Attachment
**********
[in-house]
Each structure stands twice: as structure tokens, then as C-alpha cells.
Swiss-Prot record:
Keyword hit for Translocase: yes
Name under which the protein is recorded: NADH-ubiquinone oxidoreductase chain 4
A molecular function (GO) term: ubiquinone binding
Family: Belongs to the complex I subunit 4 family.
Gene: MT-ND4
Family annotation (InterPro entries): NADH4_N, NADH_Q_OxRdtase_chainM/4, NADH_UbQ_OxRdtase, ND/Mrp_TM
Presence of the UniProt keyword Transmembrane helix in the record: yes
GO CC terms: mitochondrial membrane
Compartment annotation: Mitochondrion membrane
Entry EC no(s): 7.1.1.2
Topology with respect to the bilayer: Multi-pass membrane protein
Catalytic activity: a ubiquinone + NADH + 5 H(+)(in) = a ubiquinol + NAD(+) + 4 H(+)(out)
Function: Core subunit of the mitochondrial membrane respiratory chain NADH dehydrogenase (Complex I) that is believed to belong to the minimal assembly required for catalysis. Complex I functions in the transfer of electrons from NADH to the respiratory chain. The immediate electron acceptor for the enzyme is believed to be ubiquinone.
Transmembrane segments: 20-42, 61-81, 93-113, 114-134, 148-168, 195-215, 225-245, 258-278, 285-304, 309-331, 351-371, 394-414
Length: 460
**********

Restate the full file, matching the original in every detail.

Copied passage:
[in-house]
Each structure stands twice: as structure tokens, then as C-alpha cells.
Swiss-Prot record:
Keyword hit for Translocase: yes
Name under which the protein is recorded: NADH-ubiquinone oxidoreductase chain 4
A molecular function (GO) term: ubiquinone binding
Family: Belongs to the complex I subunit 4 family.
Gene: MT-ND4
Family annotation (InterPro entries): NADH4_N, NADH_Q_OxRdtase_chainM/4, NADH_UbQ_OxRdtase, ND/Mrp_TM
Presence of the UniProt keyword Transmembrane helix in the record: yes
GO CC terms: mitochondrial membrane
Compartment annotation: Mitochondrion membrane
Entry EC no(s): 7.1.1.2
Topology with respect to the bilayer: Multi-pass membrane protein
Catalytic activity: a ubiquinone + NADH + 5 H(+)(in) = a ubiquinol + NAD(+) + 4 H(+)(out)
Function: Core subunit of the mitochondrial membrane respiratory chain NADH dehydrogenase (Complex I) that is believed to belong to the minimal assembly required for catalysis. Complex I functions in the transfer of electrons from NADH to the respiratory chain. The immediate electron acceptor for the enzyme is believed to be ubiquinone.
Transmembrane segments: 20-42, 61-81, 93-113, 114-134, 148-168, 195-215, 225-245, 258-278, 285-304, 309-331, 351-371, 394-414
Length: 460